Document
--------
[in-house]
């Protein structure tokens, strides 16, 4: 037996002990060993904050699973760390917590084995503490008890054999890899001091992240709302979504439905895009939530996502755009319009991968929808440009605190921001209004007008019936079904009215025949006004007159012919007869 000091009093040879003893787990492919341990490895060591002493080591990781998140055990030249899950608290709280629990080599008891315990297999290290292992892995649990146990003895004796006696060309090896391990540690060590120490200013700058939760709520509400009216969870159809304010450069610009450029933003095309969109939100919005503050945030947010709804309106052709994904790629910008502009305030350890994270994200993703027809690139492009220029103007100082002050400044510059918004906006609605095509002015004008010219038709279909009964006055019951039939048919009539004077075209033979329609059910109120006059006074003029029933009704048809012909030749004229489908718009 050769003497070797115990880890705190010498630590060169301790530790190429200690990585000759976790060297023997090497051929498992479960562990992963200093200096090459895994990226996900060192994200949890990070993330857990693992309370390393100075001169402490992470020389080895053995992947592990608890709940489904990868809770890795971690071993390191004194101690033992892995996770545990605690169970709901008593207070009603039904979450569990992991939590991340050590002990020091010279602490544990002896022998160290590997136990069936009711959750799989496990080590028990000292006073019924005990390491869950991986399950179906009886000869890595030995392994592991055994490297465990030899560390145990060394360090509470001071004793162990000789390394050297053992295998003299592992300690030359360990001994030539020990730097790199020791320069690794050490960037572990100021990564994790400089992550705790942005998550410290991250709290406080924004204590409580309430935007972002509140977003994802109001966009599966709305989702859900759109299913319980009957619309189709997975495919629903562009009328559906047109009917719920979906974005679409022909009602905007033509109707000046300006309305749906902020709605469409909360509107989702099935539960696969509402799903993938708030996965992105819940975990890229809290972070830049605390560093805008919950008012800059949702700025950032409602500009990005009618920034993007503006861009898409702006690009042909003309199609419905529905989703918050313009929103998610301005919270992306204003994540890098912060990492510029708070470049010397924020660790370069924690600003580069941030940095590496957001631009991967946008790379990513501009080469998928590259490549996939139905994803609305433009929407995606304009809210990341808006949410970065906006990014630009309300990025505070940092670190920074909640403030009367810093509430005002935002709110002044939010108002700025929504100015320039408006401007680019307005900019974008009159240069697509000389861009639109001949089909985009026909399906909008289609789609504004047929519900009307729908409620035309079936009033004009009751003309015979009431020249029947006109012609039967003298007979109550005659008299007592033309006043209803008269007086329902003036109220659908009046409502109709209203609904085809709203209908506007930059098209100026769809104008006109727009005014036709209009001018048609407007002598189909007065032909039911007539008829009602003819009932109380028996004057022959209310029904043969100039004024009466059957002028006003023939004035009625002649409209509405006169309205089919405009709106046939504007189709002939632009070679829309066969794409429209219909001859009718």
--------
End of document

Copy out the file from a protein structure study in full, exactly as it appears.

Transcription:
[in-house]
């Protein structure tokens, strides 16, 4: 037996002990060993904050699973760390917590084995503490008890054999890899001091992240709302979504439905895009939530996502755009319009991968929808440009605190921001209004007008019936079904009215025949006004007159012919007869 000091009093040879003893787990492919341990490895060591002493080591990781998140055990030249899950608290709280629990080599008891315990297999290290292992892995649990146990003895004796006696060309090896391990540690060590120490200013700058939760709520509400009216969870159809304010450069610009450029933003095309969109939100919005503050945030947010709804309106052709994904790629910008502009305030350890994270994200993703027809690139492009220029103007100082002050400044510059918004906006609605095509002015004008010219038709279909009964006055019951039939048919009539004077075209033979329609059910109120006059006074003029029933009704048809012909030749004229489908718009 050769003497070797115990880890705190010498630590060169301790530790190429200690990585000759976790060297023997090497051929498992479960562990992963200093200096090459895994990226996900060192994200949890990070993330857990693992309370390393100075001169402490992470020389080895053995992947592990608890709940489904990868809770890795971690071993390191004194101690033992892995996770545990605690169970709901008593207070009603039904979450569990992991939590991340050590002990020091010279602490544990002896022998160290590997136990069936009711959750799989496990080590028990000292006073019924005990390491869950991986399950179906009886000869890595030995392994592991055994490297465990030899560390145990060394360090509470001071004793162990000789390394050297053992295998003299592992300690030359360990001994030539020990730097790199020791320069690794050490960037572990100021990564994790400089992550705790942005998550410290991250709290406080924004204590409580309430935007972002509140977003994802109001966009599966709305989702859900759109299913319980009957619309189709997975495919629903562009009328559906047109009917719920979906974005679409022909009602905007033509109707000046300006309305749906902020709605469409909360509107989702099935539960696969509402799903993938708030996965992105819940975990890229809290972070830049605390560093805008919950008012800059949702700025950032409602500009990005009618920034993007503006861009898409702006690009042909003309199609419905529905989703918050313009929103998610301005919270992306204003994540890098912060990492510029708070470049010397924020660790370069924690600003580069941030940095590496957001631009991967946008790379990513501009080469998928590259490549996939139905994803609305433009929407995606304009809210990341808006949410970065906006990014630009309300990025505070940092670190920074909640403030009367810093509430005002935002709110002044939010108002700025929504100015320039408006401007680019307005900019974008009159240069697509000389861009639109001949089909985009026909399906909008289609789609504004047929519900009307729908409620035309079936009033004009009751003309015979009431020249029947006109012609039967003298007979109550005659008299007592033309006043209803008269007086329902003036109220659908009046409502109709209203609904085809709203209908506007930059098209100026769809104008006109727009005014036709209009001018048609407007002598189909007065032909039911007539008829009602003819009932109380028996004057022959209310029904043969100039004024009466059957002028006003023939004035009625002649409209509405006169309205089919405009709106046939504007189709002939632009070679829309066969794409429209219909001859009718």